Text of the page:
Bryce Canyon National Park Essentials

Mesmerizing rock formations make hiking in Bryce Canyon a magical experience.

Size is relative at Bryce Canyon. Though it only covers 35,835 acres (making it the ninth-smallest national park), this corner of southwestern Utah still offers easy escapes to empty, otherworldly landscapes. One reason is that many of its 1.5 million annual visitors stay on the paved road and paths along the canyon’s rim, turning around after seeing the park’s most well-known vantage point: into what’s known as the Bryce Amphitheater, where orange, red and white hoodoos seemingly go on forever. Formed by erosion, these irregular, spire-like columns make a visit to the park a bucket-list must. But seeing the world’s largest concentration of hoodoos from afar is one thing; hiking or backpacking closely among the geological wonders, or cross-country skiing the canyon rim during winter’s solitude, lets you experience this surreal place in its remote majesty.


The area that is now Bryce Canyon (as well as Zion and Grand Canyon national parks) was once covered by a shallow sea. Sixty-some million years ago, the sandstone and limestone formations of Bryce Canyon began to form (and erode) along fault lines. Much of the hoodoo formations in Bryce, which is a series of horseshoe-shaped amphitheaters more than any single canyon, were created by water infiltrating the porous rock and expanding when freezing.

The Southern Paiute people who inhabited the area referred to it as Agka-ku-wass-a-wits, which translates to “red painted faces.” They believed the myth that hoodoos were people turned to stone by Coyote. By the 1850s, Mormon pioneers who arrived in the area named the dramatic canyons after Ebenezer Bryce, an early settler. Theodore Roosevelt first protected the area as a national forest in 1905 before its designation as Utah National Park in 1924, though Utah Senator Reed Smoot fought to have the park name ultimately changed to its popular label as Bryce Canyon.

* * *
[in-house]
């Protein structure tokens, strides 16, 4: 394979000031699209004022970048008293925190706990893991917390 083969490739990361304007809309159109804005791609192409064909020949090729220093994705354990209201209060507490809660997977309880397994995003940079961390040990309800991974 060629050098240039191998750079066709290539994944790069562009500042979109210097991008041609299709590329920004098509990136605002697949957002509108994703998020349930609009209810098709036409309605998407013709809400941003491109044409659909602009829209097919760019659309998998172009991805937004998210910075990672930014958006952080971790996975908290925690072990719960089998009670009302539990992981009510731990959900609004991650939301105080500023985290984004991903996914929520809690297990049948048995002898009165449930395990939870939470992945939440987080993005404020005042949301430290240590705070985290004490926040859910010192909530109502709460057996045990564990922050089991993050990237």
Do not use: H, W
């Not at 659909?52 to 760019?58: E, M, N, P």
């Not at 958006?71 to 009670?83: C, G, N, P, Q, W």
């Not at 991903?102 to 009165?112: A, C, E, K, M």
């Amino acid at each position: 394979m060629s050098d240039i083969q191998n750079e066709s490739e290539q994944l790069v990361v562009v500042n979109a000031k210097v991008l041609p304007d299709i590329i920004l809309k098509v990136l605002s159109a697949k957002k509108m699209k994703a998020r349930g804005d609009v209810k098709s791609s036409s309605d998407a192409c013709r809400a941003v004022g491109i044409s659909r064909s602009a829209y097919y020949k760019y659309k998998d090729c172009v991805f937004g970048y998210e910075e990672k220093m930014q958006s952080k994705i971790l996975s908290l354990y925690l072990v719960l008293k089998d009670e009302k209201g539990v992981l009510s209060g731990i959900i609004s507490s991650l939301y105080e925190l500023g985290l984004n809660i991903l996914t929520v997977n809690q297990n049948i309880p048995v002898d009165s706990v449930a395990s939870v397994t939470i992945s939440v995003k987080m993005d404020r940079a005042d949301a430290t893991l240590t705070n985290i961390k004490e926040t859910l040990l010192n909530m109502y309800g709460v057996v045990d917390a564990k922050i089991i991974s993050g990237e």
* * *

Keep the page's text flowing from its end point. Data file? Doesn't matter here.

Visiting the National Park

One main road traces the rim from the entrance on the north end of the park to Yovimpa Point, 18 miles later. A couple short off-shoots—to Fairyland Point, Sunset Point, Inspiration Point, Paria View, Bryce Point, and a double loop by the Bryce Canyon Lodge—make getting your bearings in Bryce Canyon a cinch.

A shuttle runs between the Visitor Center and Sunrise, Sunset, Inspiration, and Bryce Points between April and October. And with the east entrance of Zion National Park only about an hour’s drive southwest, visitors can viably explore both parks in one trip.